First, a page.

Air pollution linked to more severe COVID-19

Credit: CC0 Public Domain.

Scientists from the University of California San Diego found that some common air pollutants, such as ground-level ozone, are associated with more severe outcomes after SARS-CoV-2 infection, including admission to the intensive care unit (ICU).

The research is published in Canadian Medical Association Journal and was conducted by Dr. Hong Chen et al.

In the study, the team aimed to see whether there was a link between long-term exposure to air pollution and COVID-19 severity.

They analyzed data on all 151 105 people aged 20 years and older with confirmed SARS-CoV-2 infection in 2020 in Ontario, Canada.

They modeled historical exposure to three common air pollutants before the pandemic—fine particulate matter (PM2.5), nitrogen dioxide (NO2), and ground-level ozone (O3).

The researchers found that people with COVID-19 infection who lived in areas of Ontario with higher levels of common air pollutants (PM2.5, NO2, and O3) were at a higher risk of being admitted to the ICU.

They also found a higher risk of hospitalization with chronic exposure to PM2.5 and O3, and an increased risk of death from COVID-19 with chronic exposure to O3.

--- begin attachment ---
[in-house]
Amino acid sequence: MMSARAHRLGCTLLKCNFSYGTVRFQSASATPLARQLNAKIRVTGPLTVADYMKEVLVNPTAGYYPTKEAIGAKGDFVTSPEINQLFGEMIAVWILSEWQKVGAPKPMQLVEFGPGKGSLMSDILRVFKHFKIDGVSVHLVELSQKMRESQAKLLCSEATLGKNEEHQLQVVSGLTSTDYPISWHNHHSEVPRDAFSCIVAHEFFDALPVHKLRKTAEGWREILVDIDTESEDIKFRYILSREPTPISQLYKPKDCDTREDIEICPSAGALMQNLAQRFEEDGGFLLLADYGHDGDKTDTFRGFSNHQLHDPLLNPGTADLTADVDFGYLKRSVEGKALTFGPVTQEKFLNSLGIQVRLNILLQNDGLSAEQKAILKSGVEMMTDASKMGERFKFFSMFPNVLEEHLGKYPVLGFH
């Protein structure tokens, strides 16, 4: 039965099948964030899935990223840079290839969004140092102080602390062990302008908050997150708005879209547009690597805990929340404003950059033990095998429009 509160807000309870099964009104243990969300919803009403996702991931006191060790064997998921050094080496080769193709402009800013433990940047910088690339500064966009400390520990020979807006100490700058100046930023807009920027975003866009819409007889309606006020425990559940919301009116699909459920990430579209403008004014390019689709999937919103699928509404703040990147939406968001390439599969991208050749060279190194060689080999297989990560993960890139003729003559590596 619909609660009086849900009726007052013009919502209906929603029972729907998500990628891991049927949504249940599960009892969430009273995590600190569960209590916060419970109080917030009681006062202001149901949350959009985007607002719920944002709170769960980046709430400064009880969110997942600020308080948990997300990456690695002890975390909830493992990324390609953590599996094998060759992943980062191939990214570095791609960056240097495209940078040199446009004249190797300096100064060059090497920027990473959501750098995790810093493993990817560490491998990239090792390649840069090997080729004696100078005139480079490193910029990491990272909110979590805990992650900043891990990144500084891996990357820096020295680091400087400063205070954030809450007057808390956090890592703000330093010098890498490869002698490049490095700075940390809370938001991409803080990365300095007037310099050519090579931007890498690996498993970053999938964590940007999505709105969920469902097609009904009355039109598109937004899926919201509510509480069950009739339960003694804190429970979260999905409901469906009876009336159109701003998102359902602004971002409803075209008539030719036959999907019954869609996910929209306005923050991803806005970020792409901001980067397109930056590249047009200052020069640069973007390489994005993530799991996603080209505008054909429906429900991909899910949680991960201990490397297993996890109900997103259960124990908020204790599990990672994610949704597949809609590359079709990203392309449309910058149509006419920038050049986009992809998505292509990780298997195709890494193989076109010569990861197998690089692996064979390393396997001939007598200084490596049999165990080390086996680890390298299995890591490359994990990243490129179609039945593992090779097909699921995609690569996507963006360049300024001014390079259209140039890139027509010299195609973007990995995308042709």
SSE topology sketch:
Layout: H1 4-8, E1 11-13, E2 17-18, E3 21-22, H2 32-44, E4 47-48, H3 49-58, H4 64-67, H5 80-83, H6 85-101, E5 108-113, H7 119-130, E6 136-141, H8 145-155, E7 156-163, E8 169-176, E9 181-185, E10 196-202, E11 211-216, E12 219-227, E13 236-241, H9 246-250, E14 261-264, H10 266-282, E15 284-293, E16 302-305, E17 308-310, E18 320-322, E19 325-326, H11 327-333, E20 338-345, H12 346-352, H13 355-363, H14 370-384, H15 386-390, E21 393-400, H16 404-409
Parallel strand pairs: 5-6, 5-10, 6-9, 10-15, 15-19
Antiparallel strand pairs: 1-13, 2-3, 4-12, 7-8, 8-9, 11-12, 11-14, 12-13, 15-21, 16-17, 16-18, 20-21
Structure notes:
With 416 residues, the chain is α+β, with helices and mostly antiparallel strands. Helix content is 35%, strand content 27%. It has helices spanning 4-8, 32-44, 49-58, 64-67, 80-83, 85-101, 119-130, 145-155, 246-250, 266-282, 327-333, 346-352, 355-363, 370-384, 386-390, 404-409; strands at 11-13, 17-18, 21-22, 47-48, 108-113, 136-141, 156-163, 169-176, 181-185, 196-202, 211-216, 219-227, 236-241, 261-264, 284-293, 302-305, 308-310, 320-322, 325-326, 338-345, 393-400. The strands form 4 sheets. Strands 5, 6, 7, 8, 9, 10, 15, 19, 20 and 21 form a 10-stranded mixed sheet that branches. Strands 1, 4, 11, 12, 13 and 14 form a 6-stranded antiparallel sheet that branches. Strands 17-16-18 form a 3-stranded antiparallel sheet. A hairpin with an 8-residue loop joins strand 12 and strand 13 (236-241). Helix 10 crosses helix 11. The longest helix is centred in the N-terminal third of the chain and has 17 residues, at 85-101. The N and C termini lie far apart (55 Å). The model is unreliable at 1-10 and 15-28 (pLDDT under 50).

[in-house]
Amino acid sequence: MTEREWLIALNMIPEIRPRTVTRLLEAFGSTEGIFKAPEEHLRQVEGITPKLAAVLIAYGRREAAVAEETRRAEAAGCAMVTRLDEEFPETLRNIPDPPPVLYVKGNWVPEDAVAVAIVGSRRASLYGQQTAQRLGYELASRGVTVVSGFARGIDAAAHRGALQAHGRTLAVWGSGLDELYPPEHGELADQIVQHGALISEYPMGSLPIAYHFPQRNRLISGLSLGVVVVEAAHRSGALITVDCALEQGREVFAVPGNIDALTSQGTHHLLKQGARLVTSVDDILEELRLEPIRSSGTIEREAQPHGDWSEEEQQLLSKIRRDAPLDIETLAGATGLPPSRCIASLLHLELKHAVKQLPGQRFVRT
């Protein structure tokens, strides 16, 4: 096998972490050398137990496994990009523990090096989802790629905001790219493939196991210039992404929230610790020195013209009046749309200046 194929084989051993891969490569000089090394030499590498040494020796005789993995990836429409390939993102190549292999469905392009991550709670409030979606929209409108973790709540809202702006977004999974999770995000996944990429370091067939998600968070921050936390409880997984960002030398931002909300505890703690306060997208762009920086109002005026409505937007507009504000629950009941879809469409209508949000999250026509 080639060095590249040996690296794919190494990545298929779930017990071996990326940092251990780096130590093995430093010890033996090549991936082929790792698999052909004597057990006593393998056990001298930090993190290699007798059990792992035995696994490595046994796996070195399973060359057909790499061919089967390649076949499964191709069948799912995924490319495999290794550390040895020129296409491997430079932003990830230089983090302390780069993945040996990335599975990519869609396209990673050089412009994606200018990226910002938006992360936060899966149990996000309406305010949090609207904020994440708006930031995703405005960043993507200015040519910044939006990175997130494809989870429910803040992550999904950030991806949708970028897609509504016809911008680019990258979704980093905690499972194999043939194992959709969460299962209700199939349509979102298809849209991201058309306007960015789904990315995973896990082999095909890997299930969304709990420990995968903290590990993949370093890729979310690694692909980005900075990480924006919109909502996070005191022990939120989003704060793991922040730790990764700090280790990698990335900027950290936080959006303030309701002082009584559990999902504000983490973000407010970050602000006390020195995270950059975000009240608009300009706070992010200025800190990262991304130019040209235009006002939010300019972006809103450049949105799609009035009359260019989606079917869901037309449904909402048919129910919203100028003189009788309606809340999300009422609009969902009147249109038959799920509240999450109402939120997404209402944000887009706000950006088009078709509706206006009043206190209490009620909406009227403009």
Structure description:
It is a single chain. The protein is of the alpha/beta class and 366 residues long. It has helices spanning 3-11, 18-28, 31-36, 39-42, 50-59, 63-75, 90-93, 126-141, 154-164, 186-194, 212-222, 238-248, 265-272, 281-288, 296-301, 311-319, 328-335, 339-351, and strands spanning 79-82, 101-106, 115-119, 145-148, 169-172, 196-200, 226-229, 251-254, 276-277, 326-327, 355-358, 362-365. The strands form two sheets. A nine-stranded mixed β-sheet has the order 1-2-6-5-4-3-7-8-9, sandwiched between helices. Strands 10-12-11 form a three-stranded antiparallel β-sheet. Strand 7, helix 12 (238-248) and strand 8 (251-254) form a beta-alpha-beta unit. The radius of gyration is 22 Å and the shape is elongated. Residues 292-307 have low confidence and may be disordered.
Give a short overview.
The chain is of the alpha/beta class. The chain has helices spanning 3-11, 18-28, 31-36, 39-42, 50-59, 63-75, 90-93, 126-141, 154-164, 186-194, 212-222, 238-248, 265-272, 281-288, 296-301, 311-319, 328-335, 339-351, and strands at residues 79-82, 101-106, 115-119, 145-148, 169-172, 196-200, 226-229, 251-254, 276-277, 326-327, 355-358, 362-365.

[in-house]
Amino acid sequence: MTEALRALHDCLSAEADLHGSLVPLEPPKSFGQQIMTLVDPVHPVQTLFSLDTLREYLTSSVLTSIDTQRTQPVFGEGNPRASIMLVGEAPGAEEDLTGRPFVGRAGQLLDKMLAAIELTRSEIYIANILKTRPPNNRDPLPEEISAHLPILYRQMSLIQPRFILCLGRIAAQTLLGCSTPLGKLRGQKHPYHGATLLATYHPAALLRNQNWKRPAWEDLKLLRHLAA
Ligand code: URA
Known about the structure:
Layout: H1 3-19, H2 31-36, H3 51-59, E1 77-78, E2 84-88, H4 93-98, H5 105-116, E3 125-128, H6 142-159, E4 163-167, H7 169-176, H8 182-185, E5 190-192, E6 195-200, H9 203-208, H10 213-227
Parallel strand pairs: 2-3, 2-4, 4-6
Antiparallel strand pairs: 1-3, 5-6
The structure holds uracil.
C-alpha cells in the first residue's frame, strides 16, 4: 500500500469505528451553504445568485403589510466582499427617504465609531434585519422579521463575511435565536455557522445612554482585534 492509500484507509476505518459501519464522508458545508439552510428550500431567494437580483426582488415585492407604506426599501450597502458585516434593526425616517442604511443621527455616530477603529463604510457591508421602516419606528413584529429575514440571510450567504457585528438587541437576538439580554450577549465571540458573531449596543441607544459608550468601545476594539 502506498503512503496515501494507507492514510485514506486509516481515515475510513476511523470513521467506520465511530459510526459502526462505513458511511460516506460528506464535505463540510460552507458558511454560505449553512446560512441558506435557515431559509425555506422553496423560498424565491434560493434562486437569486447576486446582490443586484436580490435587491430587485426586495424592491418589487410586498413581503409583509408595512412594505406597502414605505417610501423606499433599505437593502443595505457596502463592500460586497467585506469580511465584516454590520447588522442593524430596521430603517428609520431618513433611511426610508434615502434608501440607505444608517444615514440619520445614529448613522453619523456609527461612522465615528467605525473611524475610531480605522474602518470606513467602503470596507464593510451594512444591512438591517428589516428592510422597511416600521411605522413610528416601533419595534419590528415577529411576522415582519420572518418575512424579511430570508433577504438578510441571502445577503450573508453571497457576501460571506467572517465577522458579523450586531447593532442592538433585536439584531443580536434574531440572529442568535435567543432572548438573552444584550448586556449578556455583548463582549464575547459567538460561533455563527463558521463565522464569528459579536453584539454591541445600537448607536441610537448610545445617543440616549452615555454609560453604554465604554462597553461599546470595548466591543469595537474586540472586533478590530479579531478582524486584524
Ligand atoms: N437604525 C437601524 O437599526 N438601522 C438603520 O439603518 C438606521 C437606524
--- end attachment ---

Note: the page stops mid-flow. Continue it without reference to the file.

These results add to the growing reports linking air pollution to COVID-19 severity from other countries, including Spain and Mexico.

Given the ongoing pandemic, these findings that underscore the link between chronic exposure to air pollution and more severe COVID-19 could have important implications for public health and health systems.

As to the mechanisms of how long-term exposure to air pollution may be influencing the severity of COVID-19, the researchers call for more research.

If you care about COVID, please read studies about new treatment option for COVID-19, and bark of neem tree may protect against COVID-19 variants.

For more information about COVID, please see recent studies about how finger length helps predict severe COVID-19, and results showing COVID-19 mixed with flu can raise risks of death and severe illness.

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